We took back our yard last spring, fighting for control of the space against a formidible foe of Asian jasmine and ivy. Once we had established our dominance and set up an enjoyable outdoor room, it was time to bring in a table for the kids and some play structures. I’ve shared with you our DIY water table already, and today I’m showing our DIY wood table, stools, and play structure. We created them all from wood found in the neighborhood after a storm, for free, and will share how you can make them for your own family.
When I saw our neighbors chopping down a huge tree and leaving the pieces out by the curb, I knew it was just what I was looking for to create a play table. I wanted a table and stools to blend in to our landscape but still be fun and functional for the kids. Here’s how we did it.
1) Finding the wood. Creating the play table and structure is the easy part of this project. The challenge is finding the right pieces of wood. There are several avenues to pursue if you are hoping to create your own DIY outdoor play table for free. The first is your own property, or that of friends and family. Do you have any trees that need to be removed because of disease or storm damage? If so, they might be perfect candidates to donate to this project. The second is your neighborhood. On family walks, nature hikes, and drives, take a look around you. Who is having tree work done? About once a week someone in our neighborhood has a tree worked on, and the stumps and debris are piled high on the curb. We regularly pay attention to this and pick up what we can use for projects and firewood. The third option is Craigslist or free classifieds. If you’ve never looked you might be shocked to find out how many people are advertising free wood if you come to pick it up. They want it gone and you get free materials. Everybody wins. Look for pieces that have visual interest and are relatively flat and free of crazy knots. You can straighten them out with a saw and sander, but it will be easier on you if they look somewhat like what you are hoping for from the beginning.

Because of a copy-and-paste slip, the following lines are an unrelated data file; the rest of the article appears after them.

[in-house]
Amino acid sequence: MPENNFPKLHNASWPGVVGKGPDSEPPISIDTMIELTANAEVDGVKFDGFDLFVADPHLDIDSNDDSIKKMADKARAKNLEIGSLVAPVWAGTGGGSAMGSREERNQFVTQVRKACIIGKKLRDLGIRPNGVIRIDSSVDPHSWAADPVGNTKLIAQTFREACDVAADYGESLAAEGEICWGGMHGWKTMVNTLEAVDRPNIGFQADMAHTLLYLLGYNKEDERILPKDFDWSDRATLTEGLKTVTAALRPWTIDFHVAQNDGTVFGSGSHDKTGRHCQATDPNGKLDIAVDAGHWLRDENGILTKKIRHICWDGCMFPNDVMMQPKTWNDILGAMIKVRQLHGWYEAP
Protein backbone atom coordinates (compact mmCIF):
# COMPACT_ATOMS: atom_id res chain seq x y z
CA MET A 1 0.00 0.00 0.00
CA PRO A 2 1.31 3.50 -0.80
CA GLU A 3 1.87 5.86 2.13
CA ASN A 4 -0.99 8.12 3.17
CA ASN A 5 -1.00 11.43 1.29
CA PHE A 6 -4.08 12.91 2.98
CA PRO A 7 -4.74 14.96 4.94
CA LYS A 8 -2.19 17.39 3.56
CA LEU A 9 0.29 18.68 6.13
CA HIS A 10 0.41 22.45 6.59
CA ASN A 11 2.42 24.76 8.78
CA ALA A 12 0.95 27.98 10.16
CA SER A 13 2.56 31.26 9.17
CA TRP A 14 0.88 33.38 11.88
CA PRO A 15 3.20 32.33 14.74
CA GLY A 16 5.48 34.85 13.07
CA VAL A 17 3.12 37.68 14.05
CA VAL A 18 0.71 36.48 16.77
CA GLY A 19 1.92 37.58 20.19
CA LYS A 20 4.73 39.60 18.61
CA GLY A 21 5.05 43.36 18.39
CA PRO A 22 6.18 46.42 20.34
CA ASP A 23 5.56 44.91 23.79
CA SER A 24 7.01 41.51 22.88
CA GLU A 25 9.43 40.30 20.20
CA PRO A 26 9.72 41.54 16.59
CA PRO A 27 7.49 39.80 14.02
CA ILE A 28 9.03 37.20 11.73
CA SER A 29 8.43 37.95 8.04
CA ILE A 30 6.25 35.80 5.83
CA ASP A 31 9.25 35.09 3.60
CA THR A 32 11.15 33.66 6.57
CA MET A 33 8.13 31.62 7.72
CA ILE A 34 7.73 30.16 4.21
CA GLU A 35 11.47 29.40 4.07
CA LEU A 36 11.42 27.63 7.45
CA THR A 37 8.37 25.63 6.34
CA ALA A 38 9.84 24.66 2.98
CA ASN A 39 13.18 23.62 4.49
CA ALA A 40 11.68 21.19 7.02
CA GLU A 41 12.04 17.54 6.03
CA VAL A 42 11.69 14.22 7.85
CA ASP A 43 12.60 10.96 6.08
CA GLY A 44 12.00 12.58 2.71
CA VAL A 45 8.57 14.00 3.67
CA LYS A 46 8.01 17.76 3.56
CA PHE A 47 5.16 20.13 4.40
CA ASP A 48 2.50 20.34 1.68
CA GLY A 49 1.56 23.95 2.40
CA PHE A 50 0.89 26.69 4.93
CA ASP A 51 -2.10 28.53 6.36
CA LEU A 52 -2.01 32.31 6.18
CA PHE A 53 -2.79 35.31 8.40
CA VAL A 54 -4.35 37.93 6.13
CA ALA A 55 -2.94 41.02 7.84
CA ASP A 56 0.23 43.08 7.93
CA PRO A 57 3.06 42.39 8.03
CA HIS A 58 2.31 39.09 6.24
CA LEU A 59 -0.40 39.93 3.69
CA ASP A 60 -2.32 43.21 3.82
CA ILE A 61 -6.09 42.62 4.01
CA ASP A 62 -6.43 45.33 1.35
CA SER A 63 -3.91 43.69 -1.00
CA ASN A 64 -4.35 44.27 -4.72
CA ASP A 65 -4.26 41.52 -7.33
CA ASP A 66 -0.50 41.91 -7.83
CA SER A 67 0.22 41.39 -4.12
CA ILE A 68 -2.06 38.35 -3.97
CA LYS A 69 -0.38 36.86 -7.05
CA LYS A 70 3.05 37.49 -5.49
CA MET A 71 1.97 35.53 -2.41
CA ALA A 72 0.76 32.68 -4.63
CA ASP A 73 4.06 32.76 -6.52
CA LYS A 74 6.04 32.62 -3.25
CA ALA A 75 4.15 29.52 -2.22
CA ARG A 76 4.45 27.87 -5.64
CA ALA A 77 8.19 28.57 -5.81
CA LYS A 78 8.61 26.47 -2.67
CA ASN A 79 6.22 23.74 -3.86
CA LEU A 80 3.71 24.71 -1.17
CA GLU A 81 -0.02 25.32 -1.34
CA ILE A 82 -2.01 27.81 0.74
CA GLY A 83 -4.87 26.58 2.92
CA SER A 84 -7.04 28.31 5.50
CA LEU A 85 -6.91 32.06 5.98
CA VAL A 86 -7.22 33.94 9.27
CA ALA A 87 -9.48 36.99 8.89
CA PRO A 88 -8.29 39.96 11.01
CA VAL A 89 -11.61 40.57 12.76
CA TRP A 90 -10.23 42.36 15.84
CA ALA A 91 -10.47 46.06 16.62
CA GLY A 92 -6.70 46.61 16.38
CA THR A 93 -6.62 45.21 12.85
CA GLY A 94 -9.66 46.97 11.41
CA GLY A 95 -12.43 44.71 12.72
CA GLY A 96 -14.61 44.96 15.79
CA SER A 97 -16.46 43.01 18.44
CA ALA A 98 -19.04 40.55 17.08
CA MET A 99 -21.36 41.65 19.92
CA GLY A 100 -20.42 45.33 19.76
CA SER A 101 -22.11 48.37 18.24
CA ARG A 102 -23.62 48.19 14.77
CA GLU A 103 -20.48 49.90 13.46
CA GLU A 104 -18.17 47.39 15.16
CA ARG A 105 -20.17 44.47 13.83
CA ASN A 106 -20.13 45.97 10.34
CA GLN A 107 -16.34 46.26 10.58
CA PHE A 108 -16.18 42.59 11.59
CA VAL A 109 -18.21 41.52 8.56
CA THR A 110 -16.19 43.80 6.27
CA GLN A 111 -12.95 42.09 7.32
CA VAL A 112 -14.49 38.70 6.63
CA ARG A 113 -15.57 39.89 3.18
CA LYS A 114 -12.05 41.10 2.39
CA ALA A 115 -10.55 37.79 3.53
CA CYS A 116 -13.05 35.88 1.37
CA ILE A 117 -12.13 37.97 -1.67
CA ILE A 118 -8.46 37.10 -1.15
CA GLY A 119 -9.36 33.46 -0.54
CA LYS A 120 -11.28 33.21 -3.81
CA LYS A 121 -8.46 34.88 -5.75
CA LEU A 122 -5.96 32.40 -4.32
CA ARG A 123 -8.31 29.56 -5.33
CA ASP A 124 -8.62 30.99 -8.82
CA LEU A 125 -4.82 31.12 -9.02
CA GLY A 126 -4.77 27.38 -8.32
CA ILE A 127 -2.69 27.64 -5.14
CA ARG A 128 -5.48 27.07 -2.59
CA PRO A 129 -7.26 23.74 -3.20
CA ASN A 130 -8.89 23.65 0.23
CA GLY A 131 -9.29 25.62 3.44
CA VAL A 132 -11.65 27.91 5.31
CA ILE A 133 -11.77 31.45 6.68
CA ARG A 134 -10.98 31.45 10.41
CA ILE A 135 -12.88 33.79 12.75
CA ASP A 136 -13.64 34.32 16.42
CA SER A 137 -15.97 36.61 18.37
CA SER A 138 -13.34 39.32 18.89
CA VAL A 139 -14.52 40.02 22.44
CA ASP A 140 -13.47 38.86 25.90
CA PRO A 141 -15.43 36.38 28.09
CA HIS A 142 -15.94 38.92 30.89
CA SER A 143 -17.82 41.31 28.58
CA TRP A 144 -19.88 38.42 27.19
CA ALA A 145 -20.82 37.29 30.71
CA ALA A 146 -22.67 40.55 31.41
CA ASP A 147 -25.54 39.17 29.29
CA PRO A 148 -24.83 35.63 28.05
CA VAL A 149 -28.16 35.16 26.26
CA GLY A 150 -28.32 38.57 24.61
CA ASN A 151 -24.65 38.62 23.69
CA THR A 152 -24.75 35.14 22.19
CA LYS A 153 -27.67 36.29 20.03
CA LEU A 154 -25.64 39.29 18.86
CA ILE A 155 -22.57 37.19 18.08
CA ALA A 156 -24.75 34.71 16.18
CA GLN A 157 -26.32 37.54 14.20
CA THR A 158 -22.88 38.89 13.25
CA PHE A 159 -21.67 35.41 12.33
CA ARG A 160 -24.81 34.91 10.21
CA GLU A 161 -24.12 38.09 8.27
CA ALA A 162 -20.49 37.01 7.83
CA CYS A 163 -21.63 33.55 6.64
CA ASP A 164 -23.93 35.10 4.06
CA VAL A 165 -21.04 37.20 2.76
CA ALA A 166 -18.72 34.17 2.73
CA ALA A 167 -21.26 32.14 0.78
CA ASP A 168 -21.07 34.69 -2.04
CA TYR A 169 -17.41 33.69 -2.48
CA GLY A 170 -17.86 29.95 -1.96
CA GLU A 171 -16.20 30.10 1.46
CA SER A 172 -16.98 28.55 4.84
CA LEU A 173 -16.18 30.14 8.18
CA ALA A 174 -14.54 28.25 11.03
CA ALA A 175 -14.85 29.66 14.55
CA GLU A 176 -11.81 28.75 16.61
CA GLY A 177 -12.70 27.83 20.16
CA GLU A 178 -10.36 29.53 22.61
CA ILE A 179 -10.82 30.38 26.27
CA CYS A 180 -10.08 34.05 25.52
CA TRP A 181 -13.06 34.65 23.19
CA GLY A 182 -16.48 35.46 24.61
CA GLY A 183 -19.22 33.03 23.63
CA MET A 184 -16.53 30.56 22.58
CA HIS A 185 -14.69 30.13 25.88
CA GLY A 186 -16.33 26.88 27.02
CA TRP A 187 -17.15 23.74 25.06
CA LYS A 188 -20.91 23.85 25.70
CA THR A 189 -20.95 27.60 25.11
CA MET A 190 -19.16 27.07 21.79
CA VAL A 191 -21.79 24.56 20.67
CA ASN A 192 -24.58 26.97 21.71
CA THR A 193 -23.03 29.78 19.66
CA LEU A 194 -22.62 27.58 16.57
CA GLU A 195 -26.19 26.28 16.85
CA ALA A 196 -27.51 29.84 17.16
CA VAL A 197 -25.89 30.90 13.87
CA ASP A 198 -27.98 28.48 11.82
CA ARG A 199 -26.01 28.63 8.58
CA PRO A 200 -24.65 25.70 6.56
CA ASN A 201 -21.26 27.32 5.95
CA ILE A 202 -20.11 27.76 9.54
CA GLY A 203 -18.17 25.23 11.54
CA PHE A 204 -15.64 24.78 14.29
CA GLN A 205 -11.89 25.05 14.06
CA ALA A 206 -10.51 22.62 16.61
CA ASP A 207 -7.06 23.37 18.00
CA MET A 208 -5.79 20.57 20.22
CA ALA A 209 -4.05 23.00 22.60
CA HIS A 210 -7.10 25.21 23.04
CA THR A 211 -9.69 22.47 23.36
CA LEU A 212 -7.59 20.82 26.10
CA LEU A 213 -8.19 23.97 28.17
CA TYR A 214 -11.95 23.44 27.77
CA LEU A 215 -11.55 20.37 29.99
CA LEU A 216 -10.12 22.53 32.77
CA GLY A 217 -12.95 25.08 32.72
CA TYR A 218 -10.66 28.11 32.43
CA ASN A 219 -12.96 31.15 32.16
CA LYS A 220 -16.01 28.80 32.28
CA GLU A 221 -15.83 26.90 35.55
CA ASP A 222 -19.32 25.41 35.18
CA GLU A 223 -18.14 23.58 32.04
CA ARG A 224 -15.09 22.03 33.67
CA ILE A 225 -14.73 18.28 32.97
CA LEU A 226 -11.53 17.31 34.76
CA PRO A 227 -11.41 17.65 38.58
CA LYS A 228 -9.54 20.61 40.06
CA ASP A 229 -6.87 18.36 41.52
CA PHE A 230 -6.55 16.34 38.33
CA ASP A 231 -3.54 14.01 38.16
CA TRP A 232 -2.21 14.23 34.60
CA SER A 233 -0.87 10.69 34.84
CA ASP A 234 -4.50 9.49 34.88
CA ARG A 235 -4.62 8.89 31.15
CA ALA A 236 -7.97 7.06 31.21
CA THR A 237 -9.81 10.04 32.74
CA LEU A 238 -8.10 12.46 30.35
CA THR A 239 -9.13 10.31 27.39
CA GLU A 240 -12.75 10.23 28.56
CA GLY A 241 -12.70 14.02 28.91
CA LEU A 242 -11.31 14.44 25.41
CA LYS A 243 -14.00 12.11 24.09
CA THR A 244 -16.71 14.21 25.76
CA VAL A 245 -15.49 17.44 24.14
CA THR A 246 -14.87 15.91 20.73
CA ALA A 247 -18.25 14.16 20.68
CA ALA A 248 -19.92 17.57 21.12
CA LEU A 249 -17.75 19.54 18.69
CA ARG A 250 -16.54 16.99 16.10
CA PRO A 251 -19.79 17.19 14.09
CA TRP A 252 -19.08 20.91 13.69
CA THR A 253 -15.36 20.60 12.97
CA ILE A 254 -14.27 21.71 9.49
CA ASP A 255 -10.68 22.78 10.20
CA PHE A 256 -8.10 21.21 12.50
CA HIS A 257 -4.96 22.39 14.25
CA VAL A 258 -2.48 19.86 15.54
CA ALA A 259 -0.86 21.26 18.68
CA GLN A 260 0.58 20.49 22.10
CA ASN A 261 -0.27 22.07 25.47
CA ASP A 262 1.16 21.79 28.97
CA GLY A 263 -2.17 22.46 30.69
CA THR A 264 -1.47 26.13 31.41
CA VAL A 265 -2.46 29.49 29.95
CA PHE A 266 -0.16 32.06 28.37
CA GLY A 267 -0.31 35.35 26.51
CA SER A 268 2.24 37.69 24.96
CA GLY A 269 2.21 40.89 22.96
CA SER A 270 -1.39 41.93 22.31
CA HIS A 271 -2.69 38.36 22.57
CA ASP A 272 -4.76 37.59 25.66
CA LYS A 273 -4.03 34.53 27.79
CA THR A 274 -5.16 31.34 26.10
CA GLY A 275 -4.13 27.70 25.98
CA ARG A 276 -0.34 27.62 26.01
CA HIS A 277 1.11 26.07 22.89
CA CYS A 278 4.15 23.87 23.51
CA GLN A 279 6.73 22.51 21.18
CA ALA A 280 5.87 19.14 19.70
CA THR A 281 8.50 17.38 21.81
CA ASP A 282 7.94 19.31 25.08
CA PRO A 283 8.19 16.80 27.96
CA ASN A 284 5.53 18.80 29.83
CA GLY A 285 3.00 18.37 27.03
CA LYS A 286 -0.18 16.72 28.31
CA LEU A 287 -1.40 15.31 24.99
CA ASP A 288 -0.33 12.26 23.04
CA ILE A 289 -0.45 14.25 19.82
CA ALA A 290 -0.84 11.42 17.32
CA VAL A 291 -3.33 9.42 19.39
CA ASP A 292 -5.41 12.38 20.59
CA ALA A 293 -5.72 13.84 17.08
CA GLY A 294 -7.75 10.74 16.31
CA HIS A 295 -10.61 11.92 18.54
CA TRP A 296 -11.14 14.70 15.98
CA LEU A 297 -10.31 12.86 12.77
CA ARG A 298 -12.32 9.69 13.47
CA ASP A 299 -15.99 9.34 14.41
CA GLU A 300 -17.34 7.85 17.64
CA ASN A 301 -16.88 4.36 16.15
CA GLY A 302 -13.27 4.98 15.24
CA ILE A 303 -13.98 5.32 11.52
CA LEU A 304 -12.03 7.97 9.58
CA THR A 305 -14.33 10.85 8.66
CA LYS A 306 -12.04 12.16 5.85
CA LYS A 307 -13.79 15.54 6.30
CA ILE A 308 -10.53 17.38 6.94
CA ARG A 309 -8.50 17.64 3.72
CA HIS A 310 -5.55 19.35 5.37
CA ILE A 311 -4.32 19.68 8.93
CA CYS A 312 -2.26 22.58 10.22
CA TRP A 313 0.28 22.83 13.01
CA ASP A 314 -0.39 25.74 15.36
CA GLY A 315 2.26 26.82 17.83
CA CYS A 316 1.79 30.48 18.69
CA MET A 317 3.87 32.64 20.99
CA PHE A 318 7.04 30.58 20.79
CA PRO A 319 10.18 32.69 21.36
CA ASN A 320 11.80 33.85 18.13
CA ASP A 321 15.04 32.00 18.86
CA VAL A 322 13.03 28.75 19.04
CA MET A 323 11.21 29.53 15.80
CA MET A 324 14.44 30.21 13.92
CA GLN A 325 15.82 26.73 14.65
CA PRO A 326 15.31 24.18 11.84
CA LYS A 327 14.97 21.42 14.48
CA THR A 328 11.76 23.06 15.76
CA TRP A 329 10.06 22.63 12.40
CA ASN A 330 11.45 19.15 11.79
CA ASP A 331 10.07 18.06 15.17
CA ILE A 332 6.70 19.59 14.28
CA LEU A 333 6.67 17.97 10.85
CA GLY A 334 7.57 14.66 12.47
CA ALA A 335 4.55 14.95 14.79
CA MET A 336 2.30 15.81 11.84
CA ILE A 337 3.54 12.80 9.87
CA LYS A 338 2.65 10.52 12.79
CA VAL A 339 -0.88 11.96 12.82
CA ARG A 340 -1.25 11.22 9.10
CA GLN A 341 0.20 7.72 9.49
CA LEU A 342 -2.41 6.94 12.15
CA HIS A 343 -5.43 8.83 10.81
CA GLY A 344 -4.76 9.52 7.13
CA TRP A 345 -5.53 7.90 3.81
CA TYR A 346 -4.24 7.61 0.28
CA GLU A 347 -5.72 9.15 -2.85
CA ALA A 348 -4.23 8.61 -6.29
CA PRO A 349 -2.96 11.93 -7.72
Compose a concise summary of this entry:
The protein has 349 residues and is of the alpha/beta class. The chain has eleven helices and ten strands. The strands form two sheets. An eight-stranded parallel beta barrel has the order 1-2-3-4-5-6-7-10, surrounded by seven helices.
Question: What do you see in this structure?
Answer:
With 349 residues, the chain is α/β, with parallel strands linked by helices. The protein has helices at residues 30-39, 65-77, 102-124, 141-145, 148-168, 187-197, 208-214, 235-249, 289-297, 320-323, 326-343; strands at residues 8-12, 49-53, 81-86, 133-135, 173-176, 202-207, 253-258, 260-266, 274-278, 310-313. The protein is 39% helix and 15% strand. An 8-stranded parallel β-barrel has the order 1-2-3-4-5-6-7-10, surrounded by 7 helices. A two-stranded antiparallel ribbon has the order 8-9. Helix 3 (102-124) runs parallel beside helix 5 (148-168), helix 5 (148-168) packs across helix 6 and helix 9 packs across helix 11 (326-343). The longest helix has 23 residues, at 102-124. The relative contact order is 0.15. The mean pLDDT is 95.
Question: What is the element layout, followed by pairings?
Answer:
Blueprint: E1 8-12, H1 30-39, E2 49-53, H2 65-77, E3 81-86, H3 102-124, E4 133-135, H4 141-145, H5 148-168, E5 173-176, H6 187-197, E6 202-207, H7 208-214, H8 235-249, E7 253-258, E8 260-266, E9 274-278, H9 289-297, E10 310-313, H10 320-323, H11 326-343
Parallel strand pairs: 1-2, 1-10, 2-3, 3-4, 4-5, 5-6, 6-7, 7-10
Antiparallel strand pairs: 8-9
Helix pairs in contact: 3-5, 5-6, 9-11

2) Getting it home. Oh my goodness. When I told Jed I wanted two huge logs dragged to our front yard from several blocks away he looked at me like I was crazy. Your spouse may do the same. Our wood was only 3 blocks away, so Jed borrowed a furniture dolly and rolled those bad boys home. He looked like he was in a lumberjack competition, but got the job done. Find a friend with a truck and borrow a furniture dolly, because large pieces of wood are not light. Know where you want it to go before you get it home, because once it is placed it is very difficult to motivate your helpers to move it again.
3) Finishing off the pieces. Use a chainsaw to cut off any wayward pieces and flatten out your sides. We coated the stools with polyurethane to help protect them from wear and tear, but left the larger pieces uncoated. We simply hosed the big pieces down and set them out. Sand off any portions that might cause splinters or be hazardous. As with any play structure, be sure to check the wood regularly to make sure it is still safe to play on. Natural play structures change with weathering and erosion.
4) Let your kids explore and play. When we first introduced our kids to their new play table and play structure, they were so excited. They use it for so many things, drawing, climbing, having tea parties. The possibilities are endless, and cost us nothing but a little sweat.
Read more about our outdoor play ideas for babies here, and about hosting the ultimate play date here. Do you have natural play structures in your yard? Share them in the comments section or on my Facebook page to inspire other readers.
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